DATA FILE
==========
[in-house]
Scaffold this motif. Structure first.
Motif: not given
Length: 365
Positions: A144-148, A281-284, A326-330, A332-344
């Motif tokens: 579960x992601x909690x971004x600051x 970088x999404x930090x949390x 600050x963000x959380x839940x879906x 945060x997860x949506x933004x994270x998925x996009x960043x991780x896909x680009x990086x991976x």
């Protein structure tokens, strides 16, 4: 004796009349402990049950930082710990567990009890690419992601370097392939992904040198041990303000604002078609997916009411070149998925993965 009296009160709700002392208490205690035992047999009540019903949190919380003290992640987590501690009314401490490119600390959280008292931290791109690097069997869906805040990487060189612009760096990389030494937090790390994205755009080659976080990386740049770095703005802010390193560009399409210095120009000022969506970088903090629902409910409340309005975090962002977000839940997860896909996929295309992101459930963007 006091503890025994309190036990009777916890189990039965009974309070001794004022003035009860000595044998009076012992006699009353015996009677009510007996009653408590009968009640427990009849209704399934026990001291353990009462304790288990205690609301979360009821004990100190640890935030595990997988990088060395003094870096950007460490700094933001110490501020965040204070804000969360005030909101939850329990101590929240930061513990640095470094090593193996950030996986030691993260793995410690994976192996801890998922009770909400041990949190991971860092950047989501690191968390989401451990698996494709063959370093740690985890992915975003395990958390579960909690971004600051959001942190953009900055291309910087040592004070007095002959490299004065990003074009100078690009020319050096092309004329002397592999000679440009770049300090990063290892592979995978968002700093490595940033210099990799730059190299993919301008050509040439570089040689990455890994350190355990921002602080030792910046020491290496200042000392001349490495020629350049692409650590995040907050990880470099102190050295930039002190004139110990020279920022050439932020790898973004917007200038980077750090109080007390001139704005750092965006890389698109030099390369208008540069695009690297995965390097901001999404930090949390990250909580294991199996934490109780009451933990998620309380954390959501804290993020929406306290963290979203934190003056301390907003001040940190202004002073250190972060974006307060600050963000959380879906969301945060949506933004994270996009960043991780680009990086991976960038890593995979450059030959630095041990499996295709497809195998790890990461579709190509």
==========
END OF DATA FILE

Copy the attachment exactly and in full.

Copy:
[in-house]
Scaffold this motif. Structure first.
Motif: not given
Length: 365
Positions: A144-148, A281-284, A326-330, A332-344
């Motif tokens: 579960x992601x909690x971004x600051x 970088x999404x930090x949390x 600050x963000x959380x839940x879906x 945060x997860x949506x933004x994270x998925x996009x960043x991780x896909x680009x990086x991976x």
């Protein structure tokens, strides 16, 4: 004796009349402990049950930082710990567990009890690419992601370097392939992904040198041990303000604002078609997916009411070149998925993965 009296009160709700002392208490205690035992047999009540019903949190919380003290992640987590501690009314401490490119600390959280008292931290791109690097069997869906805040990487060189612009760096990389030494937090790390994205755009080659976080990386740049770095703005802010390193560009399409210095120009000022969506970088903090629902409910409340309005975090962002977000839940997860896909996929295309992101459930963007 006091503890025994309190036990009777916890189990039965009974309070001794004022003035009860000595044998009076012992006699009353015996009677009510007996009653408590009968009640427990009849209704399934026990001291353990009462304790288990205690609301979360009821004990100190640890935030595990997988990088060395003094870096950007460490700094933001110490501020965040204070804000969360005030909101939850329990101590929240930061513990640095470094090593193996950030996986030691993260793995410690994976192996801890998922009770909400041990949190991971860092950047989501690191968390989401451990698996494709063959370093740690985890992915975003395990958390579960909690971004600051959001942190953009900055291309910087040592004070007095002959490299004065990003074009100078690009020319050096092309004329002397592999000679440009770049300090990063290892592979995978968002700093490595940033210099990799730059190299993919301008050509040439570089040689990455890994350190355990921002602080030792910046020491290496200042000392001349490495020629350049692409650590995040907050990880470099102190050295930039002190004139110990020279920022050439932020790898973004917007200038980077750090109080007390001139704005750092965006890389698109030099390369208008540069695009690297995965390097901001999404930090949390990250909580294991199996934490109780009451933990998620309380954390959501804290993020929406306290963290979203934190003056301390907003001040940190202004002073250190972060974006307060600050963000959380879906969301945060949506933004994270996009960043991780680009990086991976960038890593995979450059030959630095041990499996295709497809195998790890990461579709190509």